A RECORD-BREAKER

110th Congress Eclipses Voting Pace

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By Paul Kane
washingtonpost.com Staff Writer
Thursday, October 25, 2007

The 110th Congress under Speaker Nancy Pelosi (D-Calif.) has been called lots of things: Historic, do-nothing, ethical, overbearing and much more, based on one's political views. But now Pelosi can add one more moniker to the list: record-setting.

On a bill dealing with reorganizing Hawaiian governments yesterday, the House conducted its 1,000th roll-call vote this year, something never before achieved in a single year in the history of recorded House votes.

Democratic leaders and aides, many of whom initially confessed to not even being aware of the achievement, spun the matter as if it were akin to the Dow Jones Industrial Average crossing the 10,000 barrier. They claimed the 1,000th vote as a sign that the chamber is busy passing the agenda they vowed to pass a year ago when they won the majority for the first time in a dozen years.

"I'll do 1,000 roll-call votes if we raise the minimum wage; I'll do 1,000 roll-call votes if it increases veterans' benefits. I'll do 2,000," said Rep. Rahm Emanuel (Ill.), chairman of the Democratic caucus.

But Republicans, who were just as unaware of the record-breaking pace, saw it as the perfect symbol for a lack of achievement almost 10 months into Pelosi's reign. They said it's something more akin to Congress on voting steroids, leading to popularity ratings that are in line with baseball slugger Barry Bonds.

"This notion that we are so hard at work in Washington is a joke," said Rep. Eric Cantor (R-Va.), chief deputy whip, pointing to his watch to show that the chamber's work for yesterday wrapped up at 2:30 pm. "It's like make-work here. We're engaging in make-work like in grade school."

"They're measuring quantity, not quality," said Rep. Adam Putnam (Fla.), chairman of the Republican Conference.

Although the quality of the House's first session of the 110th is open for debate, the quantity is not.

On Oct. 4, the 943rd recorded vote was conducted -- a procedural roll call on a bill related to the mortgage crisis -- surpassing the 942 recorded votes in 1978, the previous record. Not since 1995, when the Newt Gingrich-led revolution propelled Republicans to the majority, has the chamber held nearly this many votes. In Gingrich's first year as speaker, the House held 884 votes, the third-highest total in recorded history.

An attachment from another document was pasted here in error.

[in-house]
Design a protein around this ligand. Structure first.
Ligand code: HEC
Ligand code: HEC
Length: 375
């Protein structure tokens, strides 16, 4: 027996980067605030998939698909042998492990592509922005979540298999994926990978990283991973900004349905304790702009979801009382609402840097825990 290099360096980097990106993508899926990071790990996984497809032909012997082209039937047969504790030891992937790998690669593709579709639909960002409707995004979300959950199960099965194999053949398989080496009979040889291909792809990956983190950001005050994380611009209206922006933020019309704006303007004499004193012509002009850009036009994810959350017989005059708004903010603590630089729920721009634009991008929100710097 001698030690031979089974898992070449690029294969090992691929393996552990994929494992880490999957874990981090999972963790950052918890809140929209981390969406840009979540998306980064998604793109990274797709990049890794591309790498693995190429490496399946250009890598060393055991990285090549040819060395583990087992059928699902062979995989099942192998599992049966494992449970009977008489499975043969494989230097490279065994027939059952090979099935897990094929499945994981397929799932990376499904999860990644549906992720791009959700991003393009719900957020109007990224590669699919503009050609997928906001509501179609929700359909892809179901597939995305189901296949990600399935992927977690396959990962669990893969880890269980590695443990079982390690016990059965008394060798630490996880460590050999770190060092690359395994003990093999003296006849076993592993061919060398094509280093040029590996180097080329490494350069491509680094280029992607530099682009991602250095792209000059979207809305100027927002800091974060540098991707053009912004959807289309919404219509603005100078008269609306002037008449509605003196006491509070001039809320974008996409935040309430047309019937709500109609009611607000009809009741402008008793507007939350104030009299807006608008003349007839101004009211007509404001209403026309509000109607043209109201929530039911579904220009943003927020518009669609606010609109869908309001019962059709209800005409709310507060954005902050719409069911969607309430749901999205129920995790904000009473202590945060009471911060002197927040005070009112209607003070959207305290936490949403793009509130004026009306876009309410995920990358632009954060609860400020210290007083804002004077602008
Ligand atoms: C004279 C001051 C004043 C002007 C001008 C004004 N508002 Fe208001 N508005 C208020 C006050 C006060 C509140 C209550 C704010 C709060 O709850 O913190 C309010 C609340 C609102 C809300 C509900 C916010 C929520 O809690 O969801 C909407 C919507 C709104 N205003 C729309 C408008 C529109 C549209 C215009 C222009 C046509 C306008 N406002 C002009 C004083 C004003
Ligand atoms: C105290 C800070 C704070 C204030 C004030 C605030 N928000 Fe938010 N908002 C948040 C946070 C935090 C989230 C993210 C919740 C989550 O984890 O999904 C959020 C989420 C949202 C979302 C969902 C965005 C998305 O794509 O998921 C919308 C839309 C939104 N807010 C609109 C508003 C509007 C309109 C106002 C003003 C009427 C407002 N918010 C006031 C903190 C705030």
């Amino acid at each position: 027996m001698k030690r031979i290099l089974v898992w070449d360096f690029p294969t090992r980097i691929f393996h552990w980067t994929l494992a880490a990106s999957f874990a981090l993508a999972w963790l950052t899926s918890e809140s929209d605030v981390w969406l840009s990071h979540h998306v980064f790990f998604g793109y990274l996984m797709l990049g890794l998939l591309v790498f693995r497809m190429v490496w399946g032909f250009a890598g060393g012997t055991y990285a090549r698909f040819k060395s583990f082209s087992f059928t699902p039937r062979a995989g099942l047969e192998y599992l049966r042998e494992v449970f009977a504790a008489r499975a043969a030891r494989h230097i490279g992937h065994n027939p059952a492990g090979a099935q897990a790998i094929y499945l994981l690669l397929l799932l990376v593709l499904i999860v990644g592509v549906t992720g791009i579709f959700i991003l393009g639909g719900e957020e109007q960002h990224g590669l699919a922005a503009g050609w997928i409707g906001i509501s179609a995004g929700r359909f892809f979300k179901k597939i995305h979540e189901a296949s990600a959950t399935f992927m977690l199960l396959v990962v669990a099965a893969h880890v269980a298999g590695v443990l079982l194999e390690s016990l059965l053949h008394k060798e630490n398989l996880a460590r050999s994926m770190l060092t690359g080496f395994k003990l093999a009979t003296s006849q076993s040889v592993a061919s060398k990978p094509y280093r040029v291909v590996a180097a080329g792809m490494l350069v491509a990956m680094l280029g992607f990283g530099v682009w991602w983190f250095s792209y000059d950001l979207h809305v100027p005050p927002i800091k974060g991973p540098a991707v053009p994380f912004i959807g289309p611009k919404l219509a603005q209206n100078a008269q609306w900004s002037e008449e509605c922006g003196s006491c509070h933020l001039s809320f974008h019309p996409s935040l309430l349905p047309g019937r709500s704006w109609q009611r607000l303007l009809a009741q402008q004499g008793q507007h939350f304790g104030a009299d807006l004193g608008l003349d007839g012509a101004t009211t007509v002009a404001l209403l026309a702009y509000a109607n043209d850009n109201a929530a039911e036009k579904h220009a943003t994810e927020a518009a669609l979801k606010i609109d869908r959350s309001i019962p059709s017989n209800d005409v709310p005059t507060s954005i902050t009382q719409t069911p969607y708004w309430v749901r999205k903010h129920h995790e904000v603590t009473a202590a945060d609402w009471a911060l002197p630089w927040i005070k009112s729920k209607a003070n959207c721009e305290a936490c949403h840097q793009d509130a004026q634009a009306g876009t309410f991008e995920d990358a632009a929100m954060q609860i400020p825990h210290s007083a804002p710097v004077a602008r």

But in the last 10 years of Republican rule, the House had not once cracked 700 votes in a year, leading to charges that the chamber floor was a Tuesday-night-through-Thursday-morning operation.

Taking a cue from Gingrich's busy first year, Pelosi's leadership team proudly declared a Monday-to-Friday workweek in Washington. Along the way, the chamber has passed a bounty of new laws but also seen a critical part of the Democratic agenda -- ending the Iraq war and expanding stem cell research and health insurance to children -- killed off by Senate filibusters or presidential vetoes.

"This has probably been the biggest letdown for their supporters to see how little they can get done," Cantor said.

Not so, said Emanuel, who cites as legislative hallmarks the increased minimum wage and veterans' benefits as well as legislation making student loans more affordable. "I don't care how many votes we have to take, as long as it improves people's lives," he said.

But the pace has slowed down lately, as Democrats have canceled Friday voting sessions this month amid growing complaints from their own caucus about not being home to see constituents. "We've adapted the schedule to accommodate some concerns," said Rep. Chris Van Hollen (Md.), the chief Democratic campaign strategist who wants party incumbents home campaigning. "Whether or not we continue at exactly the same pace next year is an open question."

That kind of talk puts in doubt the record for number of votes over the two-year life of an individual congressional term, which is held by the post-Watergate House in the 94th Congress. In 1975 and 1976, the House held 1,692 recorded votes.


© 2007 The Washington Post Company

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